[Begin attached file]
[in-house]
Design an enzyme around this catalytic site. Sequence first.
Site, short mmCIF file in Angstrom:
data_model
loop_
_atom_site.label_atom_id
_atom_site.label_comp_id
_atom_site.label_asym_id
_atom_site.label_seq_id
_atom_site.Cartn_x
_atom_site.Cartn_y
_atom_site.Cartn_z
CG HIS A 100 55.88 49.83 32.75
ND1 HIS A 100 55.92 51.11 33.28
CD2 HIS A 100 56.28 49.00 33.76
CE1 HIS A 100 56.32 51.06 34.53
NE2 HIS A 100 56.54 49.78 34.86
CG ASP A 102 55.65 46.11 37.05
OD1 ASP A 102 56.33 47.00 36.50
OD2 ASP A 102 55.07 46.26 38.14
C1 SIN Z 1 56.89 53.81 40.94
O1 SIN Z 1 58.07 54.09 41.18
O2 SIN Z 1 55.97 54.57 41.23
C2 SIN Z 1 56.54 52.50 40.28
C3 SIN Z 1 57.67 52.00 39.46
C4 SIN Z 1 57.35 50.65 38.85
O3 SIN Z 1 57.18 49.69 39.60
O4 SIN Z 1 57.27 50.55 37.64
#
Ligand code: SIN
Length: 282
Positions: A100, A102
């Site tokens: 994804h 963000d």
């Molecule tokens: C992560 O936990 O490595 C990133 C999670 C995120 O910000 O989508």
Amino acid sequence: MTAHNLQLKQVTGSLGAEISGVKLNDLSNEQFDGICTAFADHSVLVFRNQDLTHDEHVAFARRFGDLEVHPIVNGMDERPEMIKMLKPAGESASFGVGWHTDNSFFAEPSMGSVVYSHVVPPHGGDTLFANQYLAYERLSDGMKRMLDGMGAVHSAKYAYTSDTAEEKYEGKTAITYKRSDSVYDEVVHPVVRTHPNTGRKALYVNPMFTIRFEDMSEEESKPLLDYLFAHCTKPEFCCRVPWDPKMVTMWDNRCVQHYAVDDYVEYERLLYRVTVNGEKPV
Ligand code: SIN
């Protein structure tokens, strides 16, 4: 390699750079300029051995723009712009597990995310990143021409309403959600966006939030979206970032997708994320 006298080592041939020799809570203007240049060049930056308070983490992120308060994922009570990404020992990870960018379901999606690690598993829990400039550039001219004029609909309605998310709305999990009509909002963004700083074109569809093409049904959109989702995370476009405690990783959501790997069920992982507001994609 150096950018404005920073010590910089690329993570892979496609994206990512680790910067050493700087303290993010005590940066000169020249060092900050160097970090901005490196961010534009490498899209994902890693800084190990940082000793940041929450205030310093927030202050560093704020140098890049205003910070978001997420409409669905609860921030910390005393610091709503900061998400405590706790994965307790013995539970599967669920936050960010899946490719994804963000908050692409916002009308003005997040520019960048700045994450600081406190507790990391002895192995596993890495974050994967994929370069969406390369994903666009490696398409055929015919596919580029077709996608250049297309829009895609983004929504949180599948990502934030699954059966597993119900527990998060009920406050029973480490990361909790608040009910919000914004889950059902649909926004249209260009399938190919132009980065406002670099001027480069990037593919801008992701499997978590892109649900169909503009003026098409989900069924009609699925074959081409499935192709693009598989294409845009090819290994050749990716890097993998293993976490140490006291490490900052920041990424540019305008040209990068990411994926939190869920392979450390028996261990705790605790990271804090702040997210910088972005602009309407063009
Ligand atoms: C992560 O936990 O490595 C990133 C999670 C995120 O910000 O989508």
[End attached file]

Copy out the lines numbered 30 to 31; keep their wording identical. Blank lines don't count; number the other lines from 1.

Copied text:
Ligand code: SIN
Length: 282